Genres: Gay / Paranormal / Ghosts / Hauntings / Voyeurism

Heat Level: 2

Length: Extended Novella (39k words)

Dear Clare London,

I like ghost stories and was very interested in reading one from you. Bryn the ghost was probably my favorite character in this novella. I liked his forceful, flawed personality, and I could see that he had a good heart. One could see the overwhelming loneliness he was hiding behind his sharp tongue and his attraction to Felix.

“::What do you mean, just one of those “out of body” things? That’s a shitty way to talk about a bloke you just travelled home with. Hell’s bells, if anyone’s got a right to talk about out of body things, it’s ME not you::
Felix said bolt upright on the bed, staring into darkness. “What the hell! You again? I left you on the bus!”
The Voice chuckled, though it sounded sharper than before. :: I was never really ON the bus, see? So you couldn’t really leave me there, could you? Besides , I enjoyed my chat with you so much I thought we might continue some more.::
“I’m going to sleep. I need to sleep.” Felix shook his head. “I’m talking to myself in the middle of my bedroom in the dark at two thirty in the morning. I’ve flipped”

I was ready to see where his character arc would go at the end, but unfortunately I felt that it went absolutely nowhere. I was left with the question – “what was the point?” I understand that this is a novella, but at 39000 words I thought that the ending did not have to be so abrupt.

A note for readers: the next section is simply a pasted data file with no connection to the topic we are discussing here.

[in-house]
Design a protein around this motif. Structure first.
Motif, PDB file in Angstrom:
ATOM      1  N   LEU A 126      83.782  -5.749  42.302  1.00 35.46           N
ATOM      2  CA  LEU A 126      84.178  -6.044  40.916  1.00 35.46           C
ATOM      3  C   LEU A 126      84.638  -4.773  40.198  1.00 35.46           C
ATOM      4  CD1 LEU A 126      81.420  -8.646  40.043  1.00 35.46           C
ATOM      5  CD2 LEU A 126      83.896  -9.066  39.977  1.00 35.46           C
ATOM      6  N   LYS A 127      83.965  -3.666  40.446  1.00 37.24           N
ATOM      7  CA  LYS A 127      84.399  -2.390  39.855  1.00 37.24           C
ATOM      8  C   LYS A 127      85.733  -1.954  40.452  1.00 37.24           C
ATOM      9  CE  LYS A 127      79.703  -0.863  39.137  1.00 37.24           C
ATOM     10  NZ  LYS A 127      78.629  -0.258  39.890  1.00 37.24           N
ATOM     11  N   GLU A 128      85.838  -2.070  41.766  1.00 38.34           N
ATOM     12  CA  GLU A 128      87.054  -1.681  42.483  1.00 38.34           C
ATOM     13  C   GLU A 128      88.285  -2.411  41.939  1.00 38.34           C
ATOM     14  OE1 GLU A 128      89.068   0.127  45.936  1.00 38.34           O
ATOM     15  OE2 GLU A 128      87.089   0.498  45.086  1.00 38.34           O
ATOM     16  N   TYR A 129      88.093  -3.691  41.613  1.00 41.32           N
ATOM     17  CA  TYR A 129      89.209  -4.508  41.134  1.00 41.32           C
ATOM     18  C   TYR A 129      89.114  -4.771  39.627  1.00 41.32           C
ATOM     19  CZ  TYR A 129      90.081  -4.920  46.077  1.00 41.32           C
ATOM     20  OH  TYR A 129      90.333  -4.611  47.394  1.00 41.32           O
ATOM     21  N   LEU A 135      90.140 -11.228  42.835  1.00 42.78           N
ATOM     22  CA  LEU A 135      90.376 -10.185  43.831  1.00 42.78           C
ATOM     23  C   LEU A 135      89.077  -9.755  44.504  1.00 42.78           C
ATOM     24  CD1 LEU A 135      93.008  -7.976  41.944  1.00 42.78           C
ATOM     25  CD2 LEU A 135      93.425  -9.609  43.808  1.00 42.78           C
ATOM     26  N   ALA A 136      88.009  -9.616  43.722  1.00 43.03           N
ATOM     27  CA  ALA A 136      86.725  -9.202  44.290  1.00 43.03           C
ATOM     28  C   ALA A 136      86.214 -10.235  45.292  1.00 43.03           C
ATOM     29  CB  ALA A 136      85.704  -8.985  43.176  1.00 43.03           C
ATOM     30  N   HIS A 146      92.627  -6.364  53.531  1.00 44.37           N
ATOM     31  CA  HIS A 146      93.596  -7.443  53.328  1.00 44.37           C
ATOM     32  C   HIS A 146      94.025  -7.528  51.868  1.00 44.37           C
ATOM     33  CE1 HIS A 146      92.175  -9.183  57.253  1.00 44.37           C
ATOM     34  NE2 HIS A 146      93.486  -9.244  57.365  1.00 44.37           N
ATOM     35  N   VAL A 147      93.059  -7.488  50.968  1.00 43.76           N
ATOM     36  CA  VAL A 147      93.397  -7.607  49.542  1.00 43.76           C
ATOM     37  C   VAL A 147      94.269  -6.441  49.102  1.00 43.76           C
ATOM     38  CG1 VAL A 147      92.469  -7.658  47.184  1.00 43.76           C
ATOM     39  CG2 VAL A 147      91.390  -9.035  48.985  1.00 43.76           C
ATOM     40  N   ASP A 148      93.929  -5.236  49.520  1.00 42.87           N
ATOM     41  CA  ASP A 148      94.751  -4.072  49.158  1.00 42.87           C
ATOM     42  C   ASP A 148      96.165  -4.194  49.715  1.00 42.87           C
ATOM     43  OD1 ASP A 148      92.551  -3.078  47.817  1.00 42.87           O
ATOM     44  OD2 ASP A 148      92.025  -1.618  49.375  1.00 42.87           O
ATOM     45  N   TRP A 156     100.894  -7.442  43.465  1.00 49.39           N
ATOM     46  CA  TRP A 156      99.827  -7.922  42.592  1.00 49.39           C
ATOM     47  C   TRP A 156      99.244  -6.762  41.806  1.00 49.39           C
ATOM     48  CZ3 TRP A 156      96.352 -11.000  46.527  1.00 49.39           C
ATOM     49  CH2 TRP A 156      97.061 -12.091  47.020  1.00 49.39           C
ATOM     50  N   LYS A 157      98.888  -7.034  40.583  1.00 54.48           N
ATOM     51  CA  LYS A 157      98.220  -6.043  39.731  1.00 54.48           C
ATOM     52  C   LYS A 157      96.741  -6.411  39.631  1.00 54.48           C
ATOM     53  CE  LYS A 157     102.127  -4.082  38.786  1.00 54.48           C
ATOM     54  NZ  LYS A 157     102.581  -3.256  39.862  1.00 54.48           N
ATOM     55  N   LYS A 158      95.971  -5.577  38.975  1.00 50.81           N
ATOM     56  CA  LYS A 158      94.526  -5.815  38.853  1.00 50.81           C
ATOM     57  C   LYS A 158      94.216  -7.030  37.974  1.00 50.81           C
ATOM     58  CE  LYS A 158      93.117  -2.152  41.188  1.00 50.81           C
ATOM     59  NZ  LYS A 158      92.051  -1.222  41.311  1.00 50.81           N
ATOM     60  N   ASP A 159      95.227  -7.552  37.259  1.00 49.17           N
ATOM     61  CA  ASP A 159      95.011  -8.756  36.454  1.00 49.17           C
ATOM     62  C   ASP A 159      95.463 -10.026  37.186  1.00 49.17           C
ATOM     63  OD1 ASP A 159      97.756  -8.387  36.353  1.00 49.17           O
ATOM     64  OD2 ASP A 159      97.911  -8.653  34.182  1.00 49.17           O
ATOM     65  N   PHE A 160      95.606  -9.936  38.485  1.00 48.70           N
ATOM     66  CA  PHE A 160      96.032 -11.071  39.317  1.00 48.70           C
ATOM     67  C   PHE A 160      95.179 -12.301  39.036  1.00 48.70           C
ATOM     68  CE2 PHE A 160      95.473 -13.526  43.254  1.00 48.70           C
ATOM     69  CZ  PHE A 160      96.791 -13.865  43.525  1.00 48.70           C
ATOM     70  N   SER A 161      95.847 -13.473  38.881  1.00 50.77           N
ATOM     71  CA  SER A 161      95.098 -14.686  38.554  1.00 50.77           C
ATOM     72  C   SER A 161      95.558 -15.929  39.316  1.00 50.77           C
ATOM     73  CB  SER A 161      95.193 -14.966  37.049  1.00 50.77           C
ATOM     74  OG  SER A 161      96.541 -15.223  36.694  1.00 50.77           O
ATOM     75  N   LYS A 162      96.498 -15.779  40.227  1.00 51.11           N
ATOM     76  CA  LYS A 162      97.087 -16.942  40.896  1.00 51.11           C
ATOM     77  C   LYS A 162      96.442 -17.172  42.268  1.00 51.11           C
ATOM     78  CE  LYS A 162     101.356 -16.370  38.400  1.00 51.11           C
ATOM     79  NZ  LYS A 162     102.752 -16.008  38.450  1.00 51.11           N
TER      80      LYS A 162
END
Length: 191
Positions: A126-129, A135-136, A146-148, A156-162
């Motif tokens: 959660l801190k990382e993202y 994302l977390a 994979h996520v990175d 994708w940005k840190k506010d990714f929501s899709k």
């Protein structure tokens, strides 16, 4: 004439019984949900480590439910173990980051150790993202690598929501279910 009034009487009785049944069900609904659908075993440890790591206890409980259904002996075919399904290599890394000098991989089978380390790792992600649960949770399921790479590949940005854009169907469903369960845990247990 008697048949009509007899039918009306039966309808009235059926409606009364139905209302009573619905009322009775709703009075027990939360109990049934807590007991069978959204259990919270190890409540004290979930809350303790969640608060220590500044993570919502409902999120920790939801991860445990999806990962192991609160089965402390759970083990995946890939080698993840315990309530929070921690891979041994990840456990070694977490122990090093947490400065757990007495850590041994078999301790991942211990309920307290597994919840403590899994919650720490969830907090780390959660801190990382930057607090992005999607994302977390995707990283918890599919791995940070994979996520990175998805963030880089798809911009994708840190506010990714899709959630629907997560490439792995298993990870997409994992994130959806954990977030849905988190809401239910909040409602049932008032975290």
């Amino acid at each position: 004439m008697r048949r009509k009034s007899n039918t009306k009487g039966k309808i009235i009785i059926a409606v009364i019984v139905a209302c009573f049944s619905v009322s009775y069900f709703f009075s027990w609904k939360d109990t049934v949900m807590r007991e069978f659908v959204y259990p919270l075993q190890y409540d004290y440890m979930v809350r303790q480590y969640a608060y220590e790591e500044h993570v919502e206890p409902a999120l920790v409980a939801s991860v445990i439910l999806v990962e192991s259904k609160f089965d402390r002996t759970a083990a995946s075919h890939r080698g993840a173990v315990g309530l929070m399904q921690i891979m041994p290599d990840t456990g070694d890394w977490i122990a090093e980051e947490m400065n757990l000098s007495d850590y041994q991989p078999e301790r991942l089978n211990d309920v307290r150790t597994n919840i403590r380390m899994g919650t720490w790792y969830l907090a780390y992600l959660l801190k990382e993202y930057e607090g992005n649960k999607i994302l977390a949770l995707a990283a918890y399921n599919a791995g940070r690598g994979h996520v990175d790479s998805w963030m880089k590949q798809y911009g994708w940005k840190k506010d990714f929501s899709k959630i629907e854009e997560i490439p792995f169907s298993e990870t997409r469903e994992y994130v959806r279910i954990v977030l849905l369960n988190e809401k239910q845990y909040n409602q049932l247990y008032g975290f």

I started wondering if maybe Bryn was supposed to be a supporting character and Felix was the main character, therefore Felix would be the one to have a character arc of some sort and Bryn was not due one. And Felix did have some growth and change, with Bryn helping him to achieve it. The problem was that I did not really care for Felix, so his character change did not make much of the impression on me if any. Actually, I think I should say not that I did not care for Felix, because he really was a good guy, I just did not understand him.

When we meet Felix, he is just about to pursue a relationship with Mikey, his best friend, only Felix is not sure whether he wants to take their relationship to a new, more than friendly level. A couple of times Mikey asks for more and Felix blows him of and I did not exactly understand Felix’ motivations. I know he kept saying that he was not worthy, but it just did not compute with me. As written on the page, Felix did not come off to me as lacking in self-esteem, him saying so couple of times notwithstanding – he did not *act* like that. In fact, he seemed to act the opposite way with Bryn, as well as when he involved himself in trying to find the granddaughter of one of his patients in the care home. In short, he confused me.

I thought Mikey was nice, but he was just not a very well developed character. He was a sweet, confident guy who clearly loved and wanted Felix very much. I guess I just wanted to see more of what these two saw in each other.

I actually thought that the suspense was the best part of the story. I thought that despite the seeming simplicity the couple of scenes in the house where they were trying to locate Sally (missing granddaughter) were really spooky. I thought that the story was paced really well too, but I just did not *get* the characters as well as I would have liked to.

Grade C.